On Wednesday the UAE became the first country in the world to receive a shipment of a new, highly effective treatment for Covid-19.
Sotrovimab, hailed as a game-changer by doctors, is now available for early treatment for selected patients in the country.
So, what is it and how does it work?
The National explains.
What is Sotrovimab?
It is a type of monoclonal antibody, an artificially made protein that acts like human antibodies in the immune system.
The protein is directed against the virus’s spike, which it uses to attach to and enter human cells.
It blocks Sars-CoV-2 from entering healthy cells and helps to clear infected ones, preventing the disease from progressing.
It is specifically for the treatment of mild to moderate disease and is given to adults and children over the age of 12 who are at risk of developing severe symptoms.
It is the first treatment of its kind to receive approval for use in the US.
"It is the first therapy issued by the Food and Drug Administration in the US for treatment of mild-to-moderate coronavirus disease in adults and paediatric patients older than 12 years and who weigh more than 40kg, who are at high risk for progression to severe Covid-19, including hospitalisation or death," said Dr Rehab Farahat, a general practitioner at Bareen International Hospital, Mohamed bin Zayed City.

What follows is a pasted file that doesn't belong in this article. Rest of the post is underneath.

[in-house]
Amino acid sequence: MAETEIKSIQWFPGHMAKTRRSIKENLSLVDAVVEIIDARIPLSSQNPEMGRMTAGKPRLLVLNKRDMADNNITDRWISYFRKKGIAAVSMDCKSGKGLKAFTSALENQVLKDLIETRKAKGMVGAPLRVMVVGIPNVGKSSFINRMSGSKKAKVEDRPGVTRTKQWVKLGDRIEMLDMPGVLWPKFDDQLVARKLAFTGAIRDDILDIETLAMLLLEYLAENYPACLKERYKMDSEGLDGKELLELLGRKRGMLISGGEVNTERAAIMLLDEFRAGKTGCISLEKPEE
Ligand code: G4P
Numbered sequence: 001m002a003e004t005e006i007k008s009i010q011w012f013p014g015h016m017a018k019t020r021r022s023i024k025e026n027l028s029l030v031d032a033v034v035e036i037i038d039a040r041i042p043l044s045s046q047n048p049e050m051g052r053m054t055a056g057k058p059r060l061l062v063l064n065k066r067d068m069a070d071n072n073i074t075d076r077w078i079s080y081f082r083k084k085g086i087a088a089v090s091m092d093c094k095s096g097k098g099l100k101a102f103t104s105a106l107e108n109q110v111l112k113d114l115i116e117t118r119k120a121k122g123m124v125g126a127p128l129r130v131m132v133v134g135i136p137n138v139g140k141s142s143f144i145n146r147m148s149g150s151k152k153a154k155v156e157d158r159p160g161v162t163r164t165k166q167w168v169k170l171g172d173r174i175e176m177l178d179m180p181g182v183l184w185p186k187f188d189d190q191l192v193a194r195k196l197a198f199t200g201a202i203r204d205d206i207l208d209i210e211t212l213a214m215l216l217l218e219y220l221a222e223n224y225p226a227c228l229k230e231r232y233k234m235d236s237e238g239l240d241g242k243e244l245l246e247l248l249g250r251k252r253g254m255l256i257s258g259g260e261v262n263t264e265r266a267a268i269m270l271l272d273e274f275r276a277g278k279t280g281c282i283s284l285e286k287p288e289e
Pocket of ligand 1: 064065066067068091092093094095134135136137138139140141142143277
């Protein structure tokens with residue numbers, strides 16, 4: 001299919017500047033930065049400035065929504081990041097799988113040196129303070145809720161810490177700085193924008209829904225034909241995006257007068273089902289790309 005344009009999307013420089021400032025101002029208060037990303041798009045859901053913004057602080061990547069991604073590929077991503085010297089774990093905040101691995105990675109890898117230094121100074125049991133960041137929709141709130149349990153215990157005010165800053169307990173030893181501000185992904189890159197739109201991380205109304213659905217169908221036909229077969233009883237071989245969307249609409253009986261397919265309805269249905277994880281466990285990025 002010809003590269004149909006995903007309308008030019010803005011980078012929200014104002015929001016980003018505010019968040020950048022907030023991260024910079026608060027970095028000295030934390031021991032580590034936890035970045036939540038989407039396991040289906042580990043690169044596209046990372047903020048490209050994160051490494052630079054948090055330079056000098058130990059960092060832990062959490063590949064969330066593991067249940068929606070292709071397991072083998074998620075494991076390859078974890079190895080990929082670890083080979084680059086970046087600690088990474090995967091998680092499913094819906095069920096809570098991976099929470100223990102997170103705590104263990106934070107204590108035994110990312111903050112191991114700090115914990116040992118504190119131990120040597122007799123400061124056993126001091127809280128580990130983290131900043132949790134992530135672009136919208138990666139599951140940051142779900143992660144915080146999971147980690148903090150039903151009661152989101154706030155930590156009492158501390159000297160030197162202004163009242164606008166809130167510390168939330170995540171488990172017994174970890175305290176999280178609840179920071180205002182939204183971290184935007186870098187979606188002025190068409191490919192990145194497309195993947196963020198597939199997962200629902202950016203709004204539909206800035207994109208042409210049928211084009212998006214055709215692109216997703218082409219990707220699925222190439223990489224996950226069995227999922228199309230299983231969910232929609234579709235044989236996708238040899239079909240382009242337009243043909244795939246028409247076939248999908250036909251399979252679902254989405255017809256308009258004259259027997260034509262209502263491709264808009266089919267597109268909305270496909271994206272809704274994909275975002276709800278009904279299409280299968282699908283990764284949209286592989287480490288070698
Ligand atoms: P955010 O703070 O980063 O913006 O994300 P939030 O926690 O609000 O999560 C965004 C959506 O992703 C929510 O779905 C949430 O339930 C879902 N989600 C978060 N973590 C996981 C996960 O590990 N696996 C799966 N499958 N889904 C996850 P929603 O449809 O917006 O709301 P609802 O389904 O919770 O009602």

How effective is it?
A study of 585 adult outpatients with mild to moderate symptoms found it was 85 per cent effective.
Of those patients, 291 received Sotrovimab, while the remaining 292 had a placebo. Treatment began within five days of the start of symptoms. Hospital admission or death occurred in 7 per cent of patients in the placebo group, and 1 per cent among those who received Sotrovimab.
But it is used only in patients with mild to moderate symptoms. It is of no benefit to severely affected patients and may even worsen their condition, manufacturer GlaxoSmithKline said.
Why do we need new treatments against Covid-19?
There are not enough treatments to fight the novel coronavirus, specifically ones that prevent the disease from progressing in high-risk patients.
Doctors say Sotrovimab will be a game-changer.
“With this treatment, we can provide another option to keep high-risk Covid patients out of hospital and manage at home only,” said Dr Pavan Shrivastava, a consultant in internal medicine at NMC Specialty Hospital, Al Nahda, Dubai.
“It is very good for high-risk individuals who are 65 years and above, or individuals who have certain chronic medical conditions.
“In my opinion, it’s going to be a breakthrough in the management of Covid infections.
"This will definitely reduce hospitalisation and mortality.”
Will it work against the variants?
It should, yes.
“Laboratory testing showed that Sotrovimab retains activity against the current circulating variants,” Dr Shrivastava said.